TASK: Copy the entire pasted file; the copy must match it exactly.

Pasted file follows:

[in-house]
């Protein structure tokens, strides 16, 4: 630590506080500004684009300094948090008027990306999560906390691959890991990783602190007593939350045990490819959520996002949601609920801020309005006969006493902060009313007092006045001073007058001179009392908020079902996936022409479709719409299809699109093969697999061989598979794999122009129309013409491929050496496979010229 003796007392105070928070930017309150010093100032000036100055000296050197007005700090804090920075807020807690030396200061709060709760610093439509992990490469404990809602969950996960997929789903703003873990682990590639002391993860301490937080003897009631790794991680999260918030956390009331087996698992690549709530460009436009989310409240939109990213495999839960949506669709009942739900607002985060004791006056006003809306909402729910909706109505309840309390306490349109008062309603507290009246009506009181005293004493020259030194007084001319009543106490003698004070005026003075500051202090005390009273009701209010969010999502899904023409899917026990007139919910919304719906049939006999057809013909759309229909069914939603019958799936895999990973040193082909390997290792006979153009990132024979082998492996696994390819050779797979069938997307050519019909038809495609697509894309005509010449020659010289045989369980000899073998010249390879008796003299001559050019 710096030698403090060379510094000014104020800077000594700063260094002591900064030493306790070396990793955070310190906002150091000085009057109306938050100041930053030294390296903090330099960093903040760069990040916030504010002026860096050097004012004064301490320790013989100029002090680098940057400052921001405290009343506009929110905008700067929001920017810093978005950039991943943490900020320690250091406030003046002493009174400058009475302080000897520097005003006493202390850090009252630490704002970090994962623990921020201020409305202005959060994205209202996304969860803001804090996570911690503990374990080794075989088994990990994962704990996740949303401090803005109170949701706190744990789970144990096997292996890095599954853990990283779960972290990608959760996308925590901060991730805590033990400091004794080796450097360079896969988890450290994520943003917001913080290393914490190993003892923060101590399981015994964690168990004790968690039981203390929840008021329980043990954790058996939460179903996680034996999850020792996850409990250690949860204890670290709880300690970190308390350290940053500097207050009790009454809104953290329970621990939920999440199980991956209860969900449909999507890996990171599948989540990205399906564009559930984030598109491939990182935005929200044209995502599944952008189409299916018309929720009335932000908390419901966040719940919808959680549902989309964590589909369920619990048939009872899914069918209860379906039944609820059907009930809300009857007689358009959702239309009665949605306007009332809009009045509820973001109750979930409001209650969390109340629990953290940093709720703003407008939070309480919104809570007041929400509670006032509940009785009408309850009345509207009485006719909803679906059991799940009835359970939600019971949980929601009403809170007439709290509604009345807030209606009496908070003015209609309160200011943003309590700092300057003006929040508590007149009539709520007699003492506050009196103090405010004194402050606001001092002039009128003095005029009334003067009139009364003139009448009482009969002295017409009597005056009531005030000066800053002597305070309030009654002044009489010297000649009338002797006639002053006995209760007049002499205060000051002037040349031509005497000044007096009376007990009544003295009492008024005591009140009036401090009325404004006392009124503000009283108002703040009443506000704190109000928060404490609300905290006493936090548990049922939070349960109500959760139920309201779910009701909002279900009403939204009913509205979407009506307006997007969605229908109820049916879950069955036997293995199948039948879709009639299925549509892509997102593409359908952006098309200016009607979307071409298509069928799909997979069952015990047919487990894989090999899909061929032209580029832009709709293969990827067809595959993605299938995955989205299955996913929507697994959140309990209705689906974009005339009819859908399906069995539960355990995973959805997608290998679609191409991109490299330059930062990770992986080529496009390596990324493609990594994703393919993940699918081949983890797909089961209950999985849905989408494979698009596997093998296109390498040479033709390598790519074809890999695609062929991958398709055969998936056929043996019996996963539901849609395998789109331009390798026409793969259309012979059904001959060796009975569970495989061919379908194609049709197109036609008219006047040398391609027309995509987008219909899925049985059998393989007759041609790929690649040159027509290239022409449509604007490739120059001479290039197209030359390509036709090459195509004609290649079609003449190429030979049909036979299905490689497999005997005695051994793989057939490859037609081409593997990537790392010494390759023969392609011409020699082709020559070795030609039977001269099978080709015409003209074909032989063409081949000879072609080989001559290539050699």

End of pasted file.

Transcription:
[in-house]
């Protein structure tokens, strides 16, 4: 630590506080500004684009300094948090008027990306999560906390691959890991990783602190007593939350045990490819959520996002949601609920801020309005006969006493902060009313007092006045001073007058001179009392908020079902996936022409479709719409299809699109093969697999061989598979794999122009129309013409491929050496496979010229 003796007392105070928070930017309150010093100032000036100055000296050197007005700090804090920075807020807690030396200061709060709760610093439509992990490469404990809602969950996960997929789903703003873990682990590639002391993860301490937080003897009631790794991680999260918030956390009331087996698992690549709530460009436009989310409240939109990213495999839960949506669709009942739900607002985060004791006056006003809306909402729910909706109505309840309390306490349109008062309603507290009246009506009181005293004493020259030194007084001319009543106490003698004070005026003075500051202090005390009273009701209010969010999502899904023409899917026990007139919910919304719906049939006999057809013909759309229909069914939603019958799936895999990973040193082909390997290792006979153009990132024979082998492996696994390819050779797979069938997307050519019909038809495609697509894309005509010449020659010289045989369980000899073998010249390879008796003299001559050019 710096030698403090060379510094000014104020800077000594700063260094002591900064030493306790070396990793955070310190906002150091000085009057109306938050100041930053030294390296903090330099960093903040760069990040916030504010002026860096050097004012004064301490320790013989100029002090680098940057400052921001405290009343506009929110905008700067929001920017810093978005950039991943943490900020320690250091406030003046002493009174400058009475302080000897520097005003006493202390850090009252630490704002970090994962623990921020201020409305202005959060994205209202996304969860803001804090996570911690503990374990080794075989088994990990994962704990996740949303401090803005109170949701706190744990789970144990096997292996890095599954853990990283779960972290990608959760996308925590901060991730805590033990400091004794080796450097360079896969988890450290994520943003917001913080290393914490190993003892923060101590399981015994964690168990004790968690039981203390929840008021329980043990954790058996939460179903996680034996999850020792996850409990250690949860204890670290709880300690970190308390350290940053500097207050009790009454809104953290329970621990939920999440199980991956209860969900449909999507890996990171599948989540990205399906564009559930984030598109491939990182935005929200044209995502599944952008189409299916018309929720009335932000908390419901966040719940919808959680549902989309964590589909369920619990048939009872899914069918209860379906039944609820059907009930809300009857007689358009959702239309009665949605306007009332809009009045509820973001109750979930409001209650969390109340629990953290940093709720703003407008939070309480919104809570007041929400509670006032509940009785009408309850009345509207009485006719909803679906059991799940009835359970939600019971949980929601009403809170007439709290509604009345807030209606009496908070003015209609309160200011943003309590700092300057003006929040508590007149009539709520007699003492506050009196103090405010004194402050606001001092002039009128003095005029009334003067009139009364003139009448009482009969002295017409009597005056009531005030000066800053002597305070309030009654002044009489010297000649009338002797006639002053006995209760007049002499205060000051002037040349031509005497000044007096009376007990009544003295009492008024005591009140009036401090009325404004006392009124503000009283108002703040009443506000704190109000928060404490609300905290006493936090548990049922939070349960109500959760139920309201779910009701909002279900009403939204009913509205979407009506307006997007969605229908109820049916879950069955036997293995199948039948879709009639299925549509892509997102593409359908952006098309200016009607979307071409298509069928799909997979069952015990047919487990894989090999899909061929032209580029832009709709293969990827067809595959993605299938995955989205299955996913929507697994959140309990209705689906974009005339009819859908399906069995539960355990995973959805997608290998679609191409991109490299330059930062990770992986080529496009390596990324493609990594994703393919993940699918081949983890797909089961209950999985849905989408494979698009596997093998296109390498040479033709390598790519074809890999695609062929991958398709055969998936056929043996019996996963539901849609395998789109331009390798026409793969259309012979059904001959060796009975569970495989061919379908194609049709197109036609008219006047040398391609027309995509987008219909899925049985059998393989007759041609790929690649040159027509290239022409449509604007490739120059001479290039197209030359390509036709090459195509004609290649079609003449190429030979049909036979299905490689497999005997005695051994793989057939490859037609081409593997990537790392010494390759023969392609011409020699082709020559070795030609039977001269099978080709015409003209074909032989063409081949000879072609080989001559290539050699």